Wednesday Dec 16, 2009

Number of women on staff == "Best Place To Work" ?

I've read countless "Best Place to Work" lists over the years, and usually happy to find Sun on those lists (and knowing when it was missing that the people compiling the list obviously asked the wrong questions if they missed a wonderful company like this one).

The latest list I saw today, posted on Brazen Careerist's site, took a different approach - while specifically looking for companies that would be attractive to Gen Y (aka Millennials) - the looked at companies that offered a lot of flexibility. Realizing that nearly every company now-a-days self reports as being very flexible, the authors decided to use the metric of number of women employed being close to at least 50%.The rationalization was that women wouldn't tolerate a company that didn't offer true flexibility.

My first response was, "Cool! Who doesn't want to work with more women?!", and then I remembered that my teams have always been the exception (often with near 50% women, and never an all white team) - not sure why that is, are women just more attracted to security?  But I digress...I know my personal experience is not the norm.

Sun wasn't on that list. In fact, only two tech companies (Google & Yahoo) were, and I realized, that's probably because the saturation of women in technology is nowhere near 50%, so even tech companies that are very flexible and have "lots" (as a relative term) of women would not have qualified for this list.  What do you think? Should we be using a different metric for gender equality for tech companies? or just hope that the trend reverses and women start joining the tech force in droves?

Sun is a fantastic place to work and very flexible, btw, as recognized by many other lists - and by me :)

Monday Oct 12, 2009

GHC09: What a fantastic conference!

I knew in advance that the Grace Hopper Celebration of Women in Computing had sold out, but that did not prepare me for what I encountered once I arrived: the largest, most diverse, most intelligent gathering of women I've ever been surrounded by. The women were students, industry luminaries, open source hackers, coders, program managers, managers, CEOs, directors, mothers, and everything in between.  I swear the age range of attendees was probably 16 to 80.  I met more women from Africa during that conference than had ever in my life before. Several from Nigeria and Kenya, in particular.

The conference schedule, as always, was intense. There just are not enough hours in the day for all of the stuff we all wanted to do.

I attended a full day of sessions Wednesday, each room just as packed as the last, even though official conference launch wasn't until 7PM that evening.  I met with most of my panelists on Wednesday night, which did mean I missed most of the poster session, which was disappointing - but I had so much fun talking to the interesting women that were going to present with me on Thursday, that I couldn't see any other choice!  The conference was off to a fantastic start!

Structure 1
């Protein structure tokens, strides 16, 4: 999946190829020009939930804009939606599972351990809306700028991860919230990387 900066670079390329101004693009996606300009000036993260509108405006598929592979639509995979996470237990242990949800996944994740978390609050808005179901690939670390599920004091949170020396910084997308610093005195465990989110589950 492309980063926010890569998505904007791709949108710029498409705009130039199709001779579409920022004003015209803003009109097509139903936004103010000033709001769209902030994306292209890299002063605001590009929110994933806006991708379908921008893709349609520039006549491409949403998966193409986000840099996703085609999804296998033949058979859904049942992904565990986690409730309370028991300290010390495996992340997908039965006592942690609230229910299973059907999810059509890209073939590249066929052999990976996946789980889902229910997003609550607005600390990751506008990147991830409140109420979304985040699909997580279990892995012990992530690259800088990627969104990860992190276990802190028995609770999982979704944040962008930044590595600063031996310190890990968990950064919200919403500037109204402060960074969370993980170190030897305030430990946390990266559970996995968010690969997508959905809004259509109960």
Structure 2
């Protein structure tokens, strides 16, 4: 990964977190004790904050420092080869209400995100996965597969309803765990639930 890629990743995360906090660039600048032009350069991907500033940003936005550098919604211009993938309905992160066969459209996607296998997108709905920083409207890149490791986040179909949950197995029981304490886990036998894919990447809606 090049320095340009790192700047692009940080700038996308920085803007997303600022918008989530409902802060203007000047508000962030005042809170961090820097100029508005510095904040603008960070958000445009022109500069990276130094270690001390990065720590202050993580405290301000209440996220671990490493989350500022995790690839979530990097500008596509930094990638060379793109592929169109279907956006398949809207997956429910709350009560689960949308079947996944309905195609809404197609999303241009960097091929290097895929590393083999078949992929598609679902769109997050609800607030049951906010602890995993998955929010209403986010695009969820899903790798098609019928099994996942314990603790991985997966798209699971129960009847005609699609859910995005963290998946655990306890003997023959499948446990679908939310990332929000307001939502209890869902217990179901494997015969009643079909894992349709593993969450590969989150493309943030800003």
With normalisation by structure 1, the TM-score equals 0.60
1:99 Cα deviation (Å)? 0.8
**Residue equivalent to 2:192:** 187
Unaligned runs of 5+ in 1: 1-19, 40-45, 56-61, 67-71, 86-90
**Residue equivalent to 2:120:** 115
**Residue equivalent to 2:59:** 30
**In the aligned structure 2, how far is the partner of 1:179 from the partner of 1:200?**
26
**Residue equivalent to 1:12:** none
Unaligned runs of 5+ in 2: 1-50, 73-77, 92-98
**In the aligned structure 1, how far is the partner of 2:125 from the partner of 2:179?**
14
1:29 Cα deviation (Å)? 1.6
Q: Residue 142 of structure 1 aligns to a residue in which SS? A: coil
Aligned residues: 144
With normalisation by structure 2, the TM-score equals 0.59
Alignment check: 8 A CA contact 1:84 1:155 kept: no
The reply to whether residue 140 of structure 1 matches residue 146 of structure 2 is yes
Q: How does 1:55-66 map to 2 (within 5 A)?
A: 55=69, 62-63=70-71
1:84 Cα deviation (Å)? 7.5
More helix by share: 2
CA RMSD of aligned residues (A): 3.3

On Thursday, I was lucky to catch up with Dr. Susanne Hambrusch and the students she had brought from the Purdue Computer Science Department. As a graduate of that great university, it is always so rewarding to meet these ambitious and intelligent students. For some of us, we have met at other Grace Hopper Celebrations - others, it was our first time. We all had so much to talk about and I really could've spent a lot more time with them, too! 

You can see my blogs for most of the sessions I attended for the rest of the week, but I just wanted to say something about both receptions.

Thursday night's dancing was deejayed in the style of 80's Wedding Dance Party, but sometimes it's a lot of fun to just get out and dance to those old silly songs! He did mix in some fun Indian and Arabic music to mix it up, and I've never before seen a woman dancing the Macarena with a baby strapped to her front in a snuggly. Dancing with hundreds of women with total abandon is good for the soul!

Friday night was sponsor night! Thank you Microsoft, Google and Intel for the delicious dinner, t-shirts and additional opportunities to meet and talk with amazing women from all over the world.  This evening's deejay was playing much more current music, and you could see the college students dancing like there was no tomorrow.  Well, as this was the last evening of the conference, that did kind of fit the bill...

I was very impressed with the technical support staff in the conference center at the JW Marriot Starr Pass Resort. One of their staff members followed tons of women at the conference on Twitter, so he (or was it a she?) knew instantly if there were networking or temperature issues and they were addressed so quickly! Everything just worked and help was always a tweet away.  The resort itself was lovely with lots of nice dining choices, and even free tequila shots on the patio every evening.  I was very impressed with all of the staff and would attend another conference here in a heartbeat.

The Grace Hopper Celebration of Women in Computing is more than just a professional skills and technical conference. It is a place where I can reconnect with old friends and companions from industry and academia. I get to meet so many interesting women, that every one of them inspires me in some way.